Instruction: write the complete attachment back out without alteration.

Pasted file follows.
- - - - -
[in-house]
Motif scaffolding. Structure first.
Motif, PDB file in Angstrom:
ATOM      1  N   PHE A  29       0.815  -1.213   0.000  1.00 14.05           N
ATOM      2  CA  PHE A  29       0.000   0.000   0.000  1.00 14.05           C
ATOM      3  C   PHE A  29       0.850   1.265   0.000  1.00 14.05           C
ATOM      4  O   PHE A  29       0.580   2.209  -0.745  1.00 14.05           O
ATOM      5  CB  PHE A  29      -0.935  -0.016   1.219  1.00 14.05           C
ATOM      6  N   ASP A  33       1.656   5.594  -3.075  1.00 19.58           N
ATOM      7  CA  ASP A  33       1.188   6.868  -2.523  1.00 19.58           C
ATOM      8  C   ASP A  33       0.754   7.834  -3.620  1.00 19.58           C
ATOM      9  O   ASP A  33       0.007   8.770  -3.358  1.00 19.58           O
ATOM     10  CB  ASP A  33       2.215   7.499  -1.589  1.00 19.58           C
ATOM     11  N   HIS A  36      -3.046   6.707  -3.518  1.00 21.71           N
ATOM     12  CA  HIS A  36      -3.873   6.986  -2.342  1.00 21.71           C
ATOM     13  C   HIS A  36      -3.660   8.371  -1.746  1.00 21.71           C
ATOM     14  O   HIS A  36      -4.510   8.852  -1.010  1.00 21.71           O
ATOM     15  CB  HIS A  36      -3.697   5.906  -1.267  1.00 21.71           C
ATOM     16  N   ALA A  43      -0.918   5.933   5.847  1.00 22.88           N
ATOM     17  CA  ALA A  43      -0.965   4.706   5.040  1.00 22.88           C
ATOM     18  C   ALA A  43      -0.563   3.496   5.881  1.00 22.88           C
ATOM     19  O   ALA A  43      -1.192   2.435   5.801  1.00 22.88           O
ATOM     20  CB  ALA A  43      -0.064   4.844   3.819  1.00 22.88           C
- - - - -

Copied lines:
[in-house]
Motif scaffolding. Structure first.
Motif, PDB file in Angstrom:
ATOM      1  N   PHE A  29       0.815  -1.213   0.000  1.00 14.05           N
ATOM      2  CA  PHE A  29       0.000   0.000   0.000  1.00 14.05           C
ATOM      3  C   PHE A  29       0.850   1.265   0.000  1.00 14.05           C
ATOM      4  O   PHE A  29       0.580   2.209  -0.745  1.00 14.05           O
ATOM      5  CB  PHE A  29      -0.935  -0.016   1.219  1.00 14.05           C
ATOM      6  N   ASP A  33       1.656   5.594  -3.075  1.00 19.58           N
ATOM      7  CA  ASP A  33       1.188   6.868  -2.523  1.00 19.58           C
ATOM      8  C   ASP A  33       0.754   7.834  -3.620  1.00 19.58           C
ATOM      9  O   ASP A  33       0.007   8.770  -3.358  1.00 19.58           O
ATOM     10  CB  ASP A  33       2.215   7.499  -1.589  1.00 19.58           C
ATOM     11  N   HIS A  36      -3.046   6.707  -3.518  1.00 21.71           N
ATOM     12  CA  HIS A  36      -3.873   6.986  -2.342  1.00 21.71           C
ATOM     13  C   HIS A  36      -3.660   8.371  -1.746  1.00 21.71           C
ATOM     14  O   HIS A  36      -4.510   8.852  -1.010  1.00 21.71           O
ATOM     15  CB  HIS A  36      -3.697   5.906  -1.267  1.00 21.71           C
ATOM     16  N   ALA A  43      -0.918   5.933   5.847  1.00 22.88           N
ATOM     17  CA  ALA A  43      -0.965   4.706   5.040  1.00 22.88           C
ATOM     18  C   ALA A  43      -0.563   3.496   5.881  1.00 22.88           C
ATOM     19  O   ALA A  43      -1.192   2.435   5.801  1.00 22.88           O
ATOM     20  CB  ALA A  43      -0.064   4.844   3.819  1.00 22.88           C